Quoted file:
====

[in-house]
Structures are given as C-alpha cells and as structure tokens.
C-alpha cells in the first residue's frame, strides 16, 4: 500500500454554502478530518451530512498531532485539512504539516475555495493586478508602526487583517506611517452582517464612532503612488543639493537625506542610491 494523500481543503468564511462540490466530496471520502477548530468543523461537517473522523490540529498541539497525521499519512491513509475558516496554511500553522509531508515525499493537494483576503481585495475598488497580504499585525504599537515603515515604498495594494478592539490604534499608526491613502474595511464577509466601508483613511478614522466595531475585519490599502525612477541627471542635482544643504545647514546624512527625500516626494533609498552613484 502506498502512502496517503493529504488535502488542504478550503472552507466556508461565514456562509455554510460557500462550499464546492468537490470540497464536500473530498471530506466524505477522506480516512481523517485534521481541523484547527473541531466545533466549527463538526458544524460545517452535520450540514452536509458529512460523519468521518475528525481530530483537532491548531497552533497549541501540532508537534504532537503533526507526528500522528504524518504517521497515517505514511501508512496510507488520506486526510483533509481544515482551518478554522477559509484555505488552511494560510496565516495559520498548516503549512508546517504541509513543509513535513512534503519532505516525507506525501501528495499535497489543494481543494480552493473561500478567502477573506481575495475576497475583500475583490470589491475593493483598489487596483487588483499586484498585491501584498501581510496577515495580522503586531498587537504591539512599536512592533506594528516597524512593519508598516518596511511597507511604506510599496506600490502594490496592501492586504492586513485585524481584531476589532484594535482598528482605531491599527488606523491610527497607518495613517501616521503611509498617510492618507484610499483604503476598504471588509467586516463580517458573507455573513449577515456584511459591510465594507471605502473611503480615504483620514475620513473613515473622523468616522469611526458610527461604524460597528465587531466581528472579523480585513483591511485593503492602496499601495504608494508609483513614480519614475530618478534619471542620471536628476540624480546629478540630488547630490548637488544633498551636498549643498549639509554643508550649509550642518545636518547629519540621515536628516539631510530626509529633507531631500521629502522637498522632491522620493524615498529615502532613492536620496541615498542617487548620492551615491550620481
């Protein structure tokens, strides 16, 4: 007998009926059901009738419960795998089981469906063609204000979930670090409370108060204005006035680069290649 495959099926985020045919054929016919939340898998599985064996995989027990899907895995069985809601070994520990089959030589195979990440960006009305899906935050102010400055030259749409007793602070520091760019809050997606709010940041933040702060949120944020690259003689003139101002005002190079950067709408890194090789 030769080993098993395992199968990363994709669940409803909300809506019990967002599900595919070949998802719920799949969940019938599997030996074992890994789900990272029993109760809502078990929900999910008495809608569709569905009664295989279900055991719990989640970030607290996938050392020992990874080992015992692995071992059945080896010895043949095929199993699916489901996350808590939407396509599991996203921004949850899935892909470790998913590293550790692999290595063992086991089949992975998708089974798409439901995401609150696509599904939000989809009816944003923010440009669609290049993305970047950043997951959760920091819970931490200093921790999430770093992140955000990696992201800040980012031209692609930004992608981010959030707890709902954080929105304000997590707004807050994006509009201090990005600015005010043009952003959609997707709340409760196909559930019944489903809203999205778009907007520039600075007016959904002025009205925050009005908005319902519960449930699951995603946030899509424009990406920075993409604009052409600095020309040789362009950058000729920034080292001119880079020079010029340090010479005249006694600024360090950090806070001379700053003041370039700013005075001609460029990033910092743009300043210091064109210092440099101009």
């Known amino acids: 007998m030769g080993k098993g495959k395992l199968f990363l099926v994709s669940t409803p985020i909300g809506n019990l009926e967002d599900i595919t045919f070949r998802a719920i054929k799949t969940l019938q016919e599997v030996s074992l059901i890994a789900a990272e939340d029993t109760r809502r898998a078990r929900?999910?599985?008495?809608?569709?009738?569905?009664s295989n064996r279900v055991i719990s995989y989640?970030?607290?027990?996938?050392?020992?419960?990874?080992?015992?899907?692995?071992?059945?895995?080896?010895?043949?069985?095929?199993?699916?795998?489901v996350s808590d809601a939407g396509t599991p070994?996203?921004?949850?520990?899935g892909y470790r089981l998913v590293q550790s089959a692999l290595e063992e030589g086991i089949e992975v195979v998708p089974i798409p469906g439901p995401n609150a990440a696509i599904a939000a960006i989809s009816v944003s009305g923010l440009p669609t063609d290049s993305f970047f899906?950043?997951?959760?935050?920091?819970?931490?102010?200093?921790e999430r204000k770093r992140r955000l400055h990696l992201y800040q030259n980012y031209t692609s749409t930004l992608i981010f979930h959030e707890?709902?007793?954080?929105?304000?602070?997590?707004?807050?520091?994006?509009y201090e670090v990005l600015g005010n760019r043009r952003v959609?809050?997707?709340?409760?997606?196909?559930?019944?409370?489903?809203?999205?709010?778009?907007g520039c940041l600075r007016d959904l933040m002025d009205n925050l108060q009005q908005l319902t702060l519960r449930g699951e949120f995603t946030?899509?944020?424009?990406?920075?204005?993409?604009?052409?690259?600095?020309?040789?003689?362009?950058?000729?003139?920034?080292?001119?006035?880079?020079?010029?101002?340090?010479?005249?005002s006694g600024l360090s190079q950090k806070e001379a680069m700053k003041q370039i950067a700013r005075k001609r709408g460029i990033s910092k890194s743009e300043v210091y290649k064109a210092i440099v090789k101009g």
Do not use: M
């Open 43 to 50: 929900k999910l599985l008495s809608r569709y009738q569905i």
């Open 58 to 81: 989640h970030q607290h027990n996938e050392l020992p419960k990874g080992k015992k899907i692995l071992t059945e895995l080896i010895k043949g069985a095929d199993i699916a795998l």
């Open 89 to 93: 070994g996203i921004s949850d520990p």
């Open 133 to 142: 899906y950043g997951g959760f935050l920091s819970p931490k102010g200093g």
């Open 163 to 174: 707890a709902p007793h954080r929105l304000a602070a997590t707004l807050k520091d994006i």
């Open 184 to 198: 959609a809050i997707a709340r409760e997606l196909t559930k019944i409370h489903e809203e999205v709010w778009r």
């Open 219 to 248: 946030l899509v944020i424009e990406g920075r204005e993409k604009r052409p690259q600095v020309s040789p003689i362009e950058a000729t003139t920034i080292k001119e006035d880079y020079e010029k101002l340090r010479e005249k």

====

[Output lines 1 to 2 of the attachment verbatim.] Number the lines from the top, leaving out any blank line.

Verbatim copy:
[in-house]
Structures are given as C-alpha cells and as structure tokens.